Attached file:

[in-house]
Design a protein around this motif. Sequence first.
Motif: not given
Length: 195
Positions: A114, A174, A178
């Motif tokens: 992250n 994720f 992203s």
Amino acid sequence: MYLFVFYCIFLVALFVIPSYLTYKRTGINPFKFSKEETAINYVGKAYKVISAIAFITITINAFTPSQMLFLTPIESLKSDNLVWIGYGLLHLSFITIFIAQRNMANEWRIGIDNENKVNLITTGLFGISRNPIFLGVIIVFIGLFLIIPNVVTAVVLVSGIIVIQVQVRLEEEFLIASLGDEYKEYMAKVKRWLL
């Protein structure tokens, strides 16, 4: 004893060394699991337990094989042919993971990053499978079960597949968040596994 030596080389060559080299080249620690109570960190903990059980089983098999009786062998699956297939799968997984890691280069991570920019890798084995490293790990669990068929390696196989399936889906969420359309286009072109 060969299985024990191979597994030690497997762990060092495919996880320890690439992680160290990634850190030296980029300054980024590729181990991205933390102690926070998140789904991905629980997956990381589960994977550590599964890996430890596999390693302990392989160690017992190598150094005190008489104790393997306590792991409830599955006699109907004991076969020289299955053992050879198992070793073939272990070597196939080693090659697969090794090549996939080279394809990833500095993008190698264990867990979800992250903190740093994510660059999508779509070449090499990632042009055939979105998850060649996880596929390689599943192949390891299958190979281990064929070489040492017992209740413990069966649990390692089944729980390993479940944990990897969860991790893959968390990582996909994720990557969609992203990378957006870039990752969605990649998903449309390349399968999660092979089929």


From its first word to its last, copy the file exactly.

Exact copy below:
[in-house]
Design a protein around this motif. Sequence first.
Motif: not given
Length: 195
Positions: A114, A174, A178
């Motif tokens: 992250n 994720f 992203s």
Amino acid sequence: MYLFVFYCIFLVALFVIPSYLTYKRTGINPFKFSKEETAINYVGKAYKVISAIAFITITINAFTPSQMLFLTPIESLKSDNLVWIGYGLLHLSFITIFIAQRNMANEWRIGIDNENKVNLITTGLFGISRNPIFLGVIIVFIGLFLIIPNVVTAVVLVSGIIVIQVQVRLEEEFLIASLGDEYKEYMAKVKRWLL
């Protein structure tokens, strides 16, 4: 004893060394699991337990094989042919993971990053499978079960597949968040596994 030596080389060559080299080249620690109570960190903990059980089983098999009786062998699956297939799968997984890691280069991570920019890798084995490293790990669990068929390696196989399936889906969420359309286009072109 060969299985024990191979597994030690497997762990060092495919996880320890690439992680160290990634850190030296980029300054980024590729181990991205933390102690926070998140789904991905629980997956990381589960994977550590599964890996430890596999390693302990392989160690017992190598150094005190008489104790393997306590792991409830599955006699109907004991076969020289299955053992050879198992070793073939272990070597196939080693090659697969090794090549996939080279394809990833500095993008190698264990867990979800992250903190740093994510660059999508779509070449090499990632042009055939979105998850060649996880596929390689599943192949390891299958190979281990064929070489040492017992209740413990069966649990390692089944729980390993479940944990990897969860991790893959968390990582996909994720990557969609992203990378957006870039990752969605990649998903449309390349399968999660092979089929």